We are pig farmers
Let me share a bit about our diverse pig farm:
We raise pigs in different ways on our family farm. We have modern style pig barns where we raise hogs from 50 pounds to market weight, or roughly 280 pounds. Those barns host around 1,000 head of pigs apiece and we have 4 of them, in two different locations. My husband and an employee handle the day to day chores and oversight on those barns. (I wrote a post about Our Modern Pig Barns if you’d like to see more about them.)
Wait, it only looks like you have 10 pigs in your pictures on Twitter, where are the others?
We also have about 15 sows that we raise outdoors and a handful of their offspring that we have outdoors and in barns with access to the outdoors as well. This is our hobby and we show those pigs in livestock shows.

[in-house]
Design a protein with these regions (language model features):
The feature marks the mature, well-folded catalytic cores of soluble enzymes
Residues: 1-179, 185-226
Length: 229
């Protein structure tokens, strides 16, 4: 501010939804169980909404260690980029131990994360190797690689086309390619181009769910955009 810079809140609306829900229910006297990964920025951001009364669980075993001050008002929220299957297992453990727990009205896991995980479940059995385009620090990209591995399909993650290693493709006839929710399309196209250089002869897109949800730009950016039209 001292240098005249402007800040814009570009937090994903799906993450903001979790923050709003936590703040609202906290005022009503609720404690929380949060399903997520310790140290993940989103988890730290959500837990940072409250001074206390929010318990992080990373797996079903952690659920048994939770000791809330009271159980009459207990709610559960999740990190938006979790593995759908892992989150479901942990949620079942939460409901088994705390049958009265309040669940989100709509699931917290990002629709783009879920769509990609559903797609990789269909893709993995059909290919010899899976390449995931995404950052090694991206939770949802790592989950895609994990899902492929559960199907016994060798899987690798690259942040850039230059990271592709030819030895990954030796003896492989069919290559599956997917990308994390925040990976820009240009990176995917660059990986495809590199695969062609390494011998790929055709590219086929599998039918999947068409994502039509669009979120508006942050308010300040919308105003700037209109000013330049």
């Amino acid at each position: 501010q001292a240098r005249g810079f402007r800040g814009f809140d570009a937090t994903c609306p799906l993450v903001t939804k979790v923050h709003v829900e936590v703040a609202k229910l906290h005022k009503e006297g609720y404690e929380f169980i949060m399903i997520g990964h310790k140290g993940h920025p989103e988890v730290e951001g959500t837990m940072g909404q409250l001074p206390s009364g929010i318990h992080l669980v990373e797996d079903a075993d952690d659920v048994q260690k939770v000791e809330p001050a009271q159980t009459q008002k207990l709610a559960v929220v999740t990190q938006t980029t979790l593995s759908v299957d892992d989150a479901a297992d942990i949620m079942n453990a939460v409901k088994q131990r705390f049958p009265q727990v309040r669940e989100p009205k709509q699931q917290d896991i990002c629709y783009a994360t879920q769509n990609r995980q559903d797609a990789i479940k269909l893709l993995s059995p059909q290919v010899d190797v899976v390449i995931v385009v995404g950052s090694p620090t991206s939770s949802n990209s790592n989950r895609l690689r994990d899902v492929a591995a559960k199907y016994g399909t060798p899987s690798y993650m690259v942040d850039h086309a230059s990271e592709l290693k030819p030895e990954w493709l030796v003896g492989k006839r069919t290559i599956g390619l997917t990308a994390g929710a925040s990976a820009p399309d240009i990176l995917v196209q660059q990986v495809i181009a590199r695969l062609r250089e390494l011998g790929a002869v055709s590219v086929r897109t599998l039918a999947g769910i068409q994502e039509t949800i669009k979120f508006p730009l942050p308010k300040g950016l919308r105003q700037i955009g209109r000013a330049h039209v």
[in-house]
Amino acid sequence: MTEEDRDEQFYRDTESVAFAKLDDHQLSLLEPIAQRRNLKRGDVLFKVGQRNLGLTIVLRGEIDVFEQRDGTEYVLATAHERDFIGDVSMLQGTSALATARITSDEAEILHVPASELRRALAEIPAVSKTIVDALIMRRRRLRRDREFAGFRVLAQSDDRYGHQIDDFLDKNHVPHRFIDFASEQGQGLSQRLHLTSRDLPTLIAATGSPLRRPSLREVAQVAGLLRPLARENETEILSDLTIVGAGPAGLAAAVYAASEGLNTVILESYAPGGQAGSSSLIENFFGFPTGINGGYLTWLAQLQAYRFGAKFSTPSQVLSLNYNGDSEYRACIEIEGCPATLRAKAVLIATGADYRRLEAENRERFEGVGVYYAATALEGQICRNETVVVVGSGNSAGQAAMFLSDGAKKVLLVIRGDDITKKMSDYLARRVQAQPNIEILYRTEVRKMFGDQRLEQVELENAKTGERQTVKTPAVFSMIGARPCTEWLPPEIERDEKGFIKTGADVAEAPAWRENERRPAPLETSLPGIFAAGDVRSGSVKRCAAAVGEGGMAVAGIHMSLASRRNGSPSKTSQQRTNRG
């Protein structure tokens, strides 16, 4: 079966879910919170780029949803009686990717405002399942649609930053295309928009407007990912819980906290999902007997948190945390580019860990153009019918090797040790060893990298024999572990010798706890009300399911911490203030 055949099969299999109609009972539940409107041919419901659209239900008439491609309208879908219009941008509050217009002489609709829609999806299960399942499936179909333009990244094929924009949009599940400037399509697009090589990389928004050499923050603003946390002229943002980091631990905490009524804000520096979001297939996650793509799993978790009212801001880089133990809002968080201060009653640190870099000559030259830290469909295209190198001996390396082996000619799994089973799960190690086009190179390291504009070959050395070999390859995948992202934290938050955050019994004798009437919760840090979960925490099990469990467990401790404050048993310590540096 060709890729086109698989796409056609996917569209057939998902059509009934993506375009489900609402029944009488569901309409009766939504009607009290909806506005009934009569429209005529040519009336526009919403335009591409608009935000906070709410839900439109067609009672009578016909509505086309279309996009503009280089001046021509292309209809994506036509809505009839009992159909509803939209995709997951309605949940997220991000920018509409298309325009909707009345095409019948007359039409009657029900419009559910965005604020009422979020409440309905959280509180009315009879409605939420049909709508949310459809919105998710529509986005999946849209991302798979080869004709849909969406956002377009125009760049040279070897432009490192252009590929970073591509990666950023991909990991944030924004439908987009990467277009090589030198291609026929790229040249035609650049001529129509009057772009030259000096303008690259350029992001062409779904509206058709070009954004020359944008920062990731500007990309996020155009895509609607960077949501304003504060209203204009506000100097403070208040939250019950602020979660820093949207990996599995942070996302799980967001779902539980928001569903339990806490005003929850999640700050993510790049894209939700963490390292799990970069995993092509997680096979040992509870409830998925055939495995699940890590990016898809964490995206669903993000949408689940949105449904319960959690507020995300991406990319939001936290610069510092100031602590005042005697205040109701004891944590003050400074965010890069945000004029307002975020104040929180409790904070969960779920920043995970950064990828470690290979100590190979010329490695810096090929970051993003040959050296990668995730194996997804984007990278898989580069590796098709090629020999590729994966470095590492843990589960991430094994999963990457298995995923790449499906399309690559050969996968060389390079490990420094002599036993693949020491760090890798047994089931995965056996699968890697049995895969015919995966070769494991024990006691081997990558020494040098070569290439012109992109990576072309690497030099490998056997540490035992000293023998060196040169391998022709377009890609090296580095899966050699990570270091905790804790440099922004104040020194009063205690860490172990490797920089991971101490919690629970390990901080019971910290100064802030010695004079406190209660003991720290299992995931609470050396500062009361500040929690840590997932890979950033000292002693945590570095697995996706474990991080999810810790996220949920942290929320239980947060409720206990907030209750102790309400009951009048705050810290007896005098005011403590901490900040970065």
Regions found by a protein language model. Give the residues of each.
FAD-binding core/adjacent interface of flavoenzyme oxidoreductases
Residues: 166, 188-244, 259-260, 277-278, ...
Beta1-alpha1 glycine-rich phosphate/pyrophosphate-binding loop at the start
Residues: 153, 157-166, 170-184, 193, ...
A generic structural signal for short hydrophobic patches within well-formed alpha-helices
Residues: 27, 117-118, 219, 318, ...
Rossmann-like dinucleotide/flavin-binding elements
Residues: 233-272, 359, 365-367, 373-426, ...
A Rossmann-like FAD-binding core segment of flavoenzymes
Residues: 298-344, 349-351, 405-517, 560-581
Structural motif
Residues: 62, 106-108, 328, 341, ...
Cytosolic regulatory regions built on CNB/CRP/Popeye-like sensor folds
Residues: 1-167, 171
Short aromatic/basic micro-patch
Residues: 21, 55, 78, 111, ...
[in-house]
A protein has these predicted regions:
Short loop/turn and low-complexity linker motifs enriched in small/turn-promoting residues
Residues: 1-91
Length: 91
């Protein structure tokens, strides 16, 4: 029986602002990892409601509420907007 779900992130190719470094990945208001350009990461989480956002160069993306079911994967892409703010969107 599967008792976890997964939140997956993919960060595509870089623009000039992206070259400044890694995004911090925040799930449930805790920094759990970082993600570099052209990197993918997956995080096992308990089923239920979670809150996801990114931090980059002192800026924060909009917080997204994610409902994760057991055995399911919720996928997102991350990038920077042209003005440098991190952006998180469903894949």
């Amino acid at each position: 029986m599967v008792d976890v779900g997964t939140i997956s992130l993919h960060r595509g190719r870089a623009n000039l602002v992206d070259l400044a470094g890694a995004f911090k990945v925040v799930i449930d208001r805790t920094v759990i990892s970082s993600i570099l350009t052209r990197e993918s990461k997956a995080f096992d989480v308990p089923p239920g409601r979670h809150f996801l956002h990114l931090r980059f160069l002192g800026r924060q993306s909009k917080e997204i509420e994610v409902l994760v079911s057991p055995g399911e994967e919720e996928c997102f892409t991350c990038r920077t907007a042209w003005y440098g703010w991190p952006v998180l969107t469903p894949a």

Those sows (Mama pigs) farrow in farrowing crates inside in the warm barn in the winter and sometimes farrow outdoors in the summer with lots of bedding. Either way, they are well cared for as any pig in our care is. The reason you see lots of pictures of these animals (the show pigs) is that they are in my direct care and I always have my phone with me when I do chores (stay-at-home farm Mom’s do that).
Sometimes I catch photo bombers in my pictures… see below, top left corner.
In the modern barns, I have come too close to dropping my phone between the slats (where the manure falls through the floor), so I leave it in the car… usually! (See the slats in the picture below… oh, and did you know that white pigs aren’t the only pigs we can raise in modern barns? This breed is called the Berkshire.)